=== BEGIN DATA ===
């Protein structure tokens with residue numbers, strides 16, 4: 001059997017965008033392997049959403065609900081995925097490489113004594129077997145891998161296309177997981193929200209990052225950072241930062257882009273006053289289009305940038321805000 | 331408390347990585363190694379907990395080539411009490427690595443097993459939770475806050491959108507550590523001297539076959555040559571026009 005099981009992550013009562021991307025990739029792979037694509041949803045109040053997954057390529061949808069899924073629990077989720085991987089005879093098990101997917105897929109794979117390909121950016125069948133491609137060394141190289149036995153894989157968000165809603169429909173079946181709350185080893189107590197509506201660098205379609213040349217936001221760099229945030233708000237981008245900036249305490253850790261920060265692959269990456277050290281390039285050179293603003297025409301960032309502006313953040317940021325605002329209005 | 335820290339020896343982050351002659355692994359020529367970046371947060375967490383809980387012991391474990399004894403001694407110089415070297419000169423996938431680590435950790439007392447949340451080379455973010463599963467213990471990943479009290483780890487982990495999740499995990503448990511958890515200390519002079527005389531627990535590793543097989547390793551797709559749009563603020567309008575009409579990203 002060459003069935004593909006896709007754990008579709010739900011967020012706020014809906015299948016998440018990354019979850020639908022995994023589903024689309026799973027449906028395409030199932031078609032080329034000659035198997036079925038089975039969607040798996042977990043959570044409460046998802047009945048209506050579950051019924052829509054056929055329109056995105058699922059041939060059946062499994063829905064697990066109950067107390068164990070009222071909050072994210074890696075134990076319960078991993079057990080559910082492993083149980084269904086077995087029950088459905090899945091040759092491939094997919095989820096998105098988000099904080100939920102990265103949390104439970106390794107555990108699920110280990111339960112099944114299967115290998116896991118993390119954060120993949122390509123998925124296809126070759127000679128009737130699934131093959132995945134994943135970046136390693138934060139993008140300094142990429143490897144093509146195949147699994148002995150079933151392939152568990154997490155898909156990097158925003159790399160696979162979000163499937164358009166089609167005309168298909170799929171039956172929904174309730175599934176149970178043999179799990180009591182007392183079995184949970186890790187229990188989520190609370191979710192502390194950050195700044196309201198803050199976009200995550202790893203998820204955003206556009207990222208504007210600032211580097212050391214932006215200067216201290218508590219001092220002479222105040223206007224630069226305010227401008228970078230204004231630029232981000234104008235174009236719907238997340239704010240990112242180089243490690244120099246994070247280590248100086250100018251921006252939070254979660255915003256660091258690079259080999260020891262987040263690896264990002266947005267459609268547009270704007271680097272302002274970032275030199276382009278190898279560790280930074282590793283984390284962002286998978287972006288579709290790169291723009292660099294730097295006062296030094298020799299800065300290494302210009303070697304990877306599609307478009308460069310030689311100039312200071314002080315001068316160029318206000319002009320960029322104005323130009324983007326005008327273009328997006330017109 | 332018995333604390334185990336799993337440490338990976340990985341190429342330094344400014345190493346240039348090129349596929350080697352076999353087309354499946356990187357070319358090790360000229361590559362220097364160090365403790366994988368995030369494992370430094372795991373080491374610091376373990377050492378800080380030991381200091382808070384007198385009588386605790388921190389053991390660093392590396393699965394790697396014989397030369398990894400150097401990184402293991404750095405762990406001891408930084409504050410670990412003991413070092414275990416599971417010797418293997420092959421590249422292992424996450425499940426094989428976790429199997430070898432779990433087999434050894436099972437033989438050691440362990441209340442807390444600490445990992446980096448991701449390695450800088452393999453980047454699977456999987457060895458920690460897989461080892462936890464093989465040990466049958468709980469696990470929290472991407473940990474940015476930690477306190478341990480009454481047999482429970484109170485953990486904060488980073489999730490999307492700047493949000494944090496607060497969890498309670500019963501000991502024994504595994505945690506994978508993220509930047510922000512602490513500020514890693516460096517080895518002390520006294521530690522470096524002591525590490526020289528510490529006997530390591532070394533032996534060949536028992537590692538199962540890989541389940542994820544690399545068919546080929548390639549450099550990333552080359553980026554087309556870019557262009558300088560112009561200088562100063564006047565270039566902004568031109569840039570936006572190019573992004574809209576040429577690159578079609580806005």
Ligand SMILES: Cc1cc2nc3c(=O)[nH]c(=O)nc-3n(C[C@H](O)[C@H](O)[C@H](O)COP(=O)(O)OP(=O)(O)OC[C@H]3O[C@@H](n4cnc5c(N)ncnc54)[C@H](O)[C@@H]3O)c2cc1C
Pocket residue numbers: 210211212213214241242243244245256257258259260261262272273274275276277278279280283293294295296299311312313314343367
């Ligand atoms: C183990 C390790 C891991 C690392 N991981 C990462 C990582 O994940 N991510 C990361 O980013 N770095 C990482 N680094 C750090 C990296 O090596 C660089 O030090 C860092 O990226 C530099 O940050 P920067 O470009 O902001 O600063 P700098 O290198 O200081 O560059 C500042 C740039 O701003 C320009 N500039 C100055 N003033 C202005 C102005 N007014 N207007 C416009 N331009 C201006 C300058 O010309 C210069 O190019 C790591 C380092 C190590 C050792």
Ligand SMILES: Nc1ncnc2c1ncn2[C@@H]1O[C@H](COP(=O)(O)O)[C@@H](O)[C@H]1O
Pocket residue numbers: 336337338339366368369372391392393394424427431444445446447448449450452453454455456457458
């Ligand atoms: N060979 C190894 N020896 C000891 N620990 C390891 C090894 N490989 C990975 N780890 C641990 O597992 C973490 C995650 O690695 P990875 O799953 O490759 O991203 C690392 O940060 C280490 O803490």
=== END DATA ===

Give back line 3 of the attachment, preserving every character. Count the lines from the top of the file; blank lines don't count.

Pocket residue numbers: 210211212213214241242243244245256257258259260261262272273274275276277278279280283293294295296299311312313314343367